Dniprohes (dənyĭprōˈhās) [Ukr. abbr.,=Dnieper hydroelectric station], Rus. Dneproges, a hydroelectric station, central Ukraine, on the Dnieper River near Zaporizhzhya. The hydroelectric station supplies power for the industrial centers of Dnipro (Dnipropetrovsk), Kryvyy Rih, and Zaporizhzhya. More than 1-2 mi (.8 km) long and 200 ft (61 m) high, the dam raised the level of the Dnieper 123 ft (37 m). With the completion of the dam and the flooding of the rapids above it, the entire Dnieper became navigable. The dam, at first called Dniprostroy (Rus. Dneprostoi), was built between 1927 and 1932 and was considered the magnificent achievement of the Stalin era. The dam and plant were partially destroyed by retreating Soviet troops during the German invasion of 1941 and then completely destroyed by the Germans as they withdrew in 1943. They were rebuilt between 1944 and 1949.
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The following article is from The Great Soviet Encyclopedia (1979). It might be outdated or ideologically biased.



(full name, V. I. Lenin Dneproges), a hydroelectric power plant on the Dnieper River, near the city of Zaporozh’e, below the Dnieper Rapids. Dneproges was built according to the plan of GOELRO (State Commission for the Electrification of Russia) and has an installed capacity of 650 megawatts (MW), with an average annual power output of 3.64 billion kilowatt-hours.

Construction of Dneproges was begun in 1927, the first unit was put into operation in May 1932, and the inauguration was held on Oct. 10, 1932. Dneproges reached its design capacity of 560 MW in 1939. The hydrosystem consists of a hydroelectric power plant building, 236 m long and 70 m wide, located on the right bank, with a machine room containing nine 72-MW vertical hydrogenerating units; a 216-m-long sluice wall; a curved overflow weir 760 m long at the crest with a maximum construction depth of 60 m; and a nonover-flow dam 251 m long at the crest. The navigation structures on the left bank consist of an outer harbor in the headwater, a triple-lift lock, and a downstream approach canal. The hydroelectric power plant is automated and equipped with remote controls, telemetering, and telesignalization of the basic equipment. The pressure front, which has a total length of 1,200 m, forms the Dnieper Reservoir.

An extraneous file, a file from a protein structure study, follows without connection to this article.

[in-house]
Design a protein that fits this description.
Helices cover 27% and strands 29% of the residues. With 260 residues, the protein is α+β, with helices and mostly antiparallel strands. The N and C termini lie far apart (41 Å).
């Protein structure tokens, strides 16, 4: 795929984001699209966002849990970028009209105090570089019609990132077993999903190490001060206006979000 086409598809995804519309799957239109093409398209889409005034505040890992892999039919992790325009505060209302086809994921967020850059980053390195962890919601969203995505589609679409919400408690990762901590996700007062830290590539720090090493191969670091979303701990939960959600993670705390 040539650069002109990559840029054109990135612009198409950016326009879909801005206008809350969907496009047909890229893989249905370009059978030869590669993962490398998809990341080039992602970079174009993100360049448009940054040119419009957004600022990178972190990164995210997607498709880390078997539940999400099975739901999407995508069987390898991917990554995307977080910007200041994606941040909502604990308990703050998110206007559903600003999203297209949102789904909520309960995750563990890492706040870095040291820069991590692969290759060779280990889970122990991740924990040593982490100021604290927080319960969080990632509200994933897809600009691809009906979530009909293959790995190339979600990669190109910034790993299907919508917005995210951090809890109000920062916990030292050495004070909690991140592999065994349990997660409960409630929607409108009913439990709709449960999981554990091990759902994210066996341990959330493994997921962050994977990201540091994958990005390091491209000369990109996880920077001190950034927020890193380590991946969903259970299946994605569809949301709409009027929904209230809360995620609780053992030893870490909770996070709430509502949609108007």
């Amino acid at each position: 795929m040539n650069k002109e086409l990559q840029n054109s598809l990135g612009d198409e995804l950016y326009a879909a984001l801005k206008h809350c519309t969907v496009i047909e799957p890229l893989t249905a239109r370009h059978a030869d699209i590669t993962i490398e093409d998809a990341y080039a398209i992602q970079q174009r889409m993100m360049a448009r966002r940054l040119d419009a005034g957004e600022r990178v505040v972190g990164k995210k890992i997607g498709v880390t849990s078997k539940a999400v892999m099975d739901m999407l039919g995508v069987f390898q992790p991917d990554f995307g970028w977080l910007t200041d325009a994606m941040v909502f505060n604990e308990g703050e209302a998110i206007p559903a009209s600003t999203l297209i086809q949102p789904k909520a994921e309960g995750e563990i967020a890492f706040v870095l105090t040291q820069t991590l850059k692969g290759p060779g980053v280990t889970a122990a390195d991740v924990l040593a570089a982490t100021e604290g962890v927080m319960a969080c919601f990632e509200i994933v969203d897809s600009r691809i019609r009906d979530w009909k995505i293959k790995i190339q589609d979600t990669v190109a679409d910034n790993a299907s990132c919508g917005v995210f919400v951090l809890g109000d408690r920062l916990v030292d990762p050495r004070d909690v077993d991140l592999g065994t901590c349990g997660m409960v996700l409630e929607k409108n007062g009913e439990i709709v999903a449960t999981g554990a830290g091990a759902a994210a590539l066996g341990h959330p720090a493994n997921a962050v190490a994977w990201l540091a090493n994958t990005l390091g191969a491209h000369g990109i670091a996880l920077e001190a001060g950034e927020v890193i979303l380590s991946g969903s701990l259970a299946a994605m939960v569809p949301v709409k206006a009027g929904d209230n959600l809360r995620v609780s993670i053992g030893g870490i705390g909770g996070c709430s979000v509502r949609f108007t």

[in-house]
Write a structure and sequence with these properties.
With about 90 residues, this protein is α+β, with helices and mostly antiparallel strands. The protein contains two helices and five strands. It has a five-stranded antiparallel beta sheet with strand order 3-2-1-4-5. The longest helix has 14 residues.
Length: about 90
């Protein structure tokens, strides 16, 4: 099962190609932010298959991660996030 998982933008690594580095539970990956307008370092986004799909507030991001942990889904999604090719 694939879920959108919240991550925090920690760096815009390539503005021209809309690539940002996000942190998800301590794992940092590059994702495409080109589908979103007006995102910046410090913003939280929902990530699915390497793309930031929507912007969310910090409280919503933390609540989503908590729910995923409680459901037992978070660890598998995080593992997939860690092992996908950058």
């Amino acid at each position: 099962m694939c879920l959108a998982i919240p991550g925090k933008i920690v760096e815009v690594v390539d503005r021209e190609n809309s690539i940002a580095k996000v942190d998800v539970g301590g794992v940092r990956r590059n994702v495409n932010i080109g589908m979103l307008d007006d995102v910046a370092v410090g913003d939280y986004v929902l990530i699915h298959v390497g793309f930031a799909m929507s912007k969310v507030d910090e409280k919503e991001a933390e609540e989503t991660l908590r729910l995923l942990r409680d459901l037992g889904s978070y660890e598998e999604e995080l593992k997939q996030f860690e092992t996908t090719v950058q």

Dneproges was constructed with great labor enthusiasm. The plant served as a school for Soviet hydraulic power engineers. The creation of the Zaporozh’e industrial complex was based on the inexpensive electric energy provided by Dneproges. The Dnieper rapids were submerged to provide continuous navigation along the Dnieper River.

Dneproges was destroyed during the Great Patriotic War. Reconstruction was begun in 1944, and Dneproges was put into operation in 1950, with a capacity 16 percent greater than that of the prewar station. Dneproges is part of the Integrated Power Grid of the European part of the USSR and supplies electric power to the Dnieper region, the Donbas, and Krivoi Rog. Expansion of the hydrosystem was begun in 1969 with the construction of the 828-MW capacity Dneproges II hydroelectric power plant, which, together with a navigation lock, is scheduled for completion in 1975. Dneproges was awarded the Order of the Red Banner of Labor in 1939.


The Great Soviet Encyclopedia, 3rd Edition (1970-1979). © 2010 The Gale Group, Inc. All rights reserved.
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As recently as 1929, when Eisenstein's rival Dziga Vertov had made The Man with aMovie Camera [Chelovek s kinoapparatom], a semi-documentary feature film that shows a day in the life of a city, he did not feel constrained to film a single city but combined footage taken in Moscow, Kiev, Odessa, and even the industrial sites of Donbass and Dneproges; in this film, once again, monumental Moscow is represented by the Bolshoi rather than by the Kremlin or any other government centre.